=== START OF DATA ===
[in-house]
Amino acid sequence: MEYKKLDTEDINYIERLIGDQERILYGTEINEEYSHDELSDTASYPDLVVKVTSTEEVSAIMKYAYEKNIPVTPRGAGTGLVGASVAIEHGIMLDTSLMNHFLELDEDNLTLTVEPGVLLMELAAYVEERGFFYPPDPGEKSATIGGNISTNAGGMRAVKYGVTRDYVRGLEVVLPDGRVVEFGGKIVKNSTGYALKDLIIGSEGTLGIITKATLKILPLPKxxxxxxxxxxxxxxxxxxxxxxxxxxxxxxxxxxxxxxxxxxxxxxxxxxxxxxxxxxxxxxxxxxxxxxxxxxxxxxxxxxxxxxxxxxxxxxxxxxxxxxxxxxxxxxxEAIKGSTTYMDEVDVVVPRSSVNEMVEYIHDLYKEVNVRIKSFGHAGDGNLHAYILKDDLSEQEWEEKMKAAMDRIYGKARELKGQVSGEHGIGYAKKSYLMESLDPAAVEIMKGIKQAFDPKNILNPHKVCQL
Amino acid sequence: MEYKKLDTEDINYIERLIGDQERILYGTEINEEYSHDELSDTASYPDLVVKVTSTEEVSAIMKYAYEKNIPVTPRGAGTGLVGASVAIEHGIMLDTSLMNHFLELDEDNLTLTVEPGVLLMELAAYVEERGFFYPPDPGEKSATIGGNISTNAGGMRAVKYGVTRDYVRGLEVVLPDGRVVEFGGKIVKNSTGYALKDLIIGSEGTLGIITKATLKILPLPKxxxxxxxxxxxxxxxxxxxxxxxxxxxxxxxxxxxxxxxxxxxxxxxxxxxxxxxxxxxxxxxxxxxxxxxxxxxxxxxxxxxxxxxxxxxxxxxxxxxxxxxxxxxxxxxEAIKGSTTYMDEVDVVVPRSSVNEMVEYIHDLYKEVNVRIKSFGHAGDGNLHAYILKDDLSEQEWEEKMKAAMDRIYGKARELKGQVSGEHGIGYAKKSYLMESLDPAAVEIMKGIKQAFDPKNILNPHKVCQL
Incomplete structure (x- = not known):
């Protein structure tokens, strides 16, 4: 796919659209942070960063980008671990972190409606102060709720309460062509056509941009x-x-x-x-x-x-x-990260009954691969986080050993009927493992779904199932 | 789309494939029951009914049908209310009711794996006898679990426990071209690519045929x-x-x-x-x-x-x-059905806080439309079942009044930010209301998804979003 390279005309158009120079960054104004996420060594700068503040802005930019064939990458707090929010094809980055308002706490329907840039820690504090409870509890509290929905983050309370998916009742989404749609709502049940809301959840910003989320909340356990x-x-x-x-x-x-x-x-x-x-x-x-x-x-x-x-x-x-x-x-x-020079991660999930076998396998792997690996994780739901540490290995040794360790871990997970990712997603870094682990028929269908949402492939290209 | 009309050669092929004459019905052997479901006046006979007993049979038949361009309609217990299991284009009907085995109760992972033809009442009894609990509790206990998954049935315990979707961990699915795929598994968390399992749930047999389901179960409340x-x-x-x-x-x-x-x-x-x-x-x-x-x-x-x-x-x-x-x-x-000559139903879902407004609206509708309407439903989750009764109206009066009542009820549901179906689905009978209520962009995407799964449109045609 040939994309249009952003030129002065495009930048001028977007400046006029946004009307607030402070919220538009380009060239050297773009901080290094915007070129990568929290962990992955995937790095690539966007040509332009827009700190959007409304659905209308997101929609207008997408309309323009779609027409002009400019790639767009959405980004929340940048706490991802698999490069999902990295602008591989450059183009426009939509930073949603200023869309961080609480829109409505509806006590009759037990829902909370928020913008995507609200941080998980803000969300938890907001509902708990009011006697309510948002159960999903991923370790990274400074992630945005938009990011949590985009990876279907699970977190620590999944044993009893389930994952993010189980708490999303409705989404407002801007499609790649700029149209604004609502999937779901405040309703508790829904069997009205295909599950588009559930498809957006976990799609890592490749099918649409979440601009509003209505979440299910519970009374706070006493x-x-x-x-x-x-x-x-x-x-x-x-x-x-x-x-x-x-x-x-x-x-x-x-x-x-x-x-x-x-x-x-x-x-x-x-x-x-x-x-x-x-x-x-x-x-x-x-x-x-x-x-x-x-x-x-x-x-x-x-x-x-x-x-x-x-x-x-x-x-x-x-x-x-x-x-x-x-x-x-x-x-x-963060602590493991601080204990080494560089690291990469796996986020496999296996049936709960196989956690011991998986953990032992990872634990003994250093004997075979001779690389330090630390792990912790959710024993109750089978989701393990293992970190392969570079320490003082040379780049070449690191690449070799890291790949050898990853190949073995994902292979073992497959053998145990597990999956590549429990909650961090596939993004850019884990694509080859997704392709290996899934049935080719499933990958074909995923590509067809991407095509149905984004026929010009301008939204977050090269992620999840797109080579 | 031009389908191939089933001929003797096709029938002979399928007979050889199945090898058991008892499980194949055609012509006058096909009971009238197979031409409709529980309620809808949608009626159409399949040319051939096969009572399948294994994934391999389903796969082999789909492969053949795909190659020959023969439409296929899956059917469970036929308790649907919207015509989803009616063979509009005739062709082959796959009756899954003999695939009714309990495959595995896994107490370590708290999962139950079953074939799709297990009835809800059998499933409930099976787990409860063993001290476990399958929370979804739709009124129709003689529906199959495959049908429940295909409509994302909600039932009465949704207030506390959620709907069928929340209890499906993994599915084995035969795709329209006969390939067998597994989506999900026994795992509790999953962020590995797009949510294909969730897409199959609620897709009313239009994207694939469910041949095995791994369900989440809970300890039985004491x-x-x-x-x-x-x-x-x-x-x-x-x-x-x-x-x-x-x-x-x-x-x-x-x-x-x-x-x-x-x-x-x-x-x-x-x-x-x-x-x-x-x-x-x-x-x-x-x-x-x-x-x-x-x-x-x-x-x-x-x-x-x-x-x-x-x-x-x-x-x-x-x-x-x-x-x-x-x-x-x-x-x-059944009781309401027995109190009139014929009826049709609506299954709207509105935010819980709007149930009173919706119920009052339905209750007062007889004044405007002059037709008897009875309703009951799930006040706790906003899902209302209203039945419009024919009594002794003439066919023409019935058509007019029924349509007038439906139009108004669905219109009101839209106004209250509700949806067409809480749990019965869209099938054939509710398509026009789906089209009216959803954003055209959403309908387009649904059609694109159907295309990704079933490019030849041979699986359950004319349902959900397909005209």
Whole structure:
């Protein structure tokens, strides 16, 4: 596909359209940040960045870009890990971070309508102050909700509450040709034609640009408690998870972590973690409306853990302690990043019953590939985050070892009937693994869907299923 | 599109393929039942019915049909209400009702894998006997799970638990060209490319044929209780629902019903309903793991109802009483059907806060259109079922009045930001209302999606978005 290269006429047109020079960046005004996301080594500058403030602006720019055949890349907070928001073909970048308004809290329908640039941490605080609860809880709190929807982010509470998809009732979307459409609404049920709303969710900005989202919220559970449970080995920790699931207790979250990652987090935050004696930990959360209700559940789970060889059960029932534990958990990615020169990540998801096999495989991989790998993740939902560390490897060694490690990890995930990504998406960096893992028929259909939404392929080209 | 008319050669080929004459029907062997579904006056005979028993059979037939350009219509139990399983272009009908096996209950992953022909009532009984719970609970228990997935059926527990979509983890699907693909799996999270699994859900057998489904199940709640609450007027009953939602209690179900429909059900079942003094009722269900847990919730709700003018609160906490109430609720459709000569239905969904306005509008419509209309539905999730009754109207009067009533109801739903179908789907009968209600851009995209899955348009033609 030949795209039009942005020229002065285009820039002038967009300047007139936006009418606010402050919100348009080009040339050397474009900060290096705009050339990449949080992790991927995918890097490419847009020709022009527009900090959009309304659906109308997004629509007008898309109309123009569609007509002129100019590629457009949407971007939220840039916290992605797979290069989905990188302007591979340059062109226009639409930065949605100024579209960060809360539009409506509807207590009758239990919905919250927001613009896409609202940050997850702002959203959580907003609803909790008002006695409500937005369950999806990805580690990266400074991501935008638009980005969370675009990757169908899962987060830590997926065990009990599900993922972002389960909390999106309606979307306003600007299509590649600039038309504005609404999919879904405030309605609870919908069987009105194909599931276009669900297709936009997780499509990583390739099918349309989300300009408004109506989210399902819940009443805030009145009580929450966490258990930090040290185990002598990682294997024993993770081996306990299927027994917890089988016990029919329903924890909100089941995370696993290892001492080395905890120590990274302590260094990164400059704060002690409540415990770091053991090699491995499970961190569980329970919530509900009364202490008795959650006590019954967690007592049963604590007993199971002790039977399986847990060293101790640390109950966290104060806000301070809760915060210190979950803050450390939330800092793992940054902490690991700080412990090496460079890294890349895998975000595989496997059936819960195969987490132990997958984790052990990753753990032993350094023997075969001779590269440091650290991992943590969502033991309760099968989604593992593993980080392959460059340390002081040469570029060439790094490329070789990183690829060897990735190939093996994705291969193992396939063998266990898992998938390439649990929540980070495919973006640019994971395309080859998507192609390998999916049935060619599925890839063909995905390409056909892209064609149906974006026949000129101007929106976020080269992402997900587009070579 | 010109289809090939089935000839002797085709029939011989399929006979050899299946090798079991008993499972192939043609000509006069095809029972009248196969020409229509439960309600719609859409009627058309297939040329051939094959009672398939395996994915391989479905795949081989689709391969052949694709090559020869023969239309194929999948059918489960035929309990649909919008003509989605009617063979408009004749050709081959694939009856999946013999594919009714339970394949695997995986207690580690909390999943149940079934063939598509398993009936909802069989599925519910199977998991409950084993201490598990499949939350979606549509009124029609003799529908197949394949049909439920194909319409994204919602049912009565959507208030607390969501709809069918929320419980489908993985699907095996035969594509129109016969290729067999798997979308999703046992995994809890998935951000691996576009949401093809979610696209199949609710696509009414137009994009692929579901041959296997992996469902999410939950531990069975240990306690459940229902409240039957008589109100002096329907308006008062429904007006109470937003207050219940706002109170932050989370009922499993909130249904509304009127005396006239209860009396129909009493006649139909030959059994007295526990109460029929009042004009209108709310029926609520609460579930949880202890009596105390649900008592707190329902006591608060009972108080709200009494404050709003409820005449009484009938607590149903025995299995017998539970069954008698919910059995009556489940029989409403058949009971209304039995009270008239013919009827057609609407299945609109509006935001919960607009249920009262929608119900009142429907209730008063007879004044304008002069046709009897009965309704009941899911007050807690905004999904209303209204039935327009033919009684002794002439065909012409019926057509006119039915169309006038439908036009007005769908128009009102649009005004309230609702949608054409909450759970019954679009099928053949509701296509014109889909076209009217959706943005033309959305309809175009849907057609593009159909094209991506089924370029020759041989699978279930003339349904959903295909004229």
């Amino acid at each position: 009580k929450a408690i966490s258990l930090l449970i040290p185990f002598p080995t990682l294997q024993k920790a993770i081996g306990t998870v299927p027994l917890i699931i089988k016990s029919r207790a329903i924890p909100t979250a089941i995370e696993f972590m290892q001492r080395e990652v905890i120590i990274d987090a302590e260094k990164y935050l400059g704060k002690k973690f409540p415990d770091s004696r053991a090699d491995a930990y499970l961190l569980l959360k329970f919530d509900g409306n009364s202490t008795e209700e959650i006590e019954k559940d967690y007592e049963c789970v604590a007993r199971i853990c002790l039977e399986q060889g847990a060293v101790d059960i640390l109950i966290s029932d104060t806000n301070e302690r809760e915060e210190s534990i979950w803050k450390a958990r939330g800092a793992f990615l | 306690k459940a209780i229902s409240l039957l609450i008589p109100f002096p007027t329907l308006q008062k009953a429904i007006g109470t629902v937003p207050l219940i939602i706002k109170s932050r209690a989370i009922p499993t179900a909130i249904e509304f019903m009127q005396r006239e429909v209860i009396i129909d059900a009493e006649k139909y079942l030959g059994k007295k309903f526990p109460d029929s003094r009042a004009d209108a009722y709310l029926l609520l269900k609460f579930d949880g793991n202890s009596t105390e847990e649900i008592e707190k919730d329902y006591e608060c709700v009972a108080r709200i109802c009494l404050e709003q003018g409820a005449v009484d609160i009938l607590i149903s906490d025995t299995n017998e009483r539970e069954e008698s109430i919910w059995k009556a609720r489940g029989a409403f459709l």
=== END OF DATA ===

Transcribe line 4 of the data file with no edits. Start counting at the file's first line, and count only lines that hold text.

Incomplete structure (x- = not known):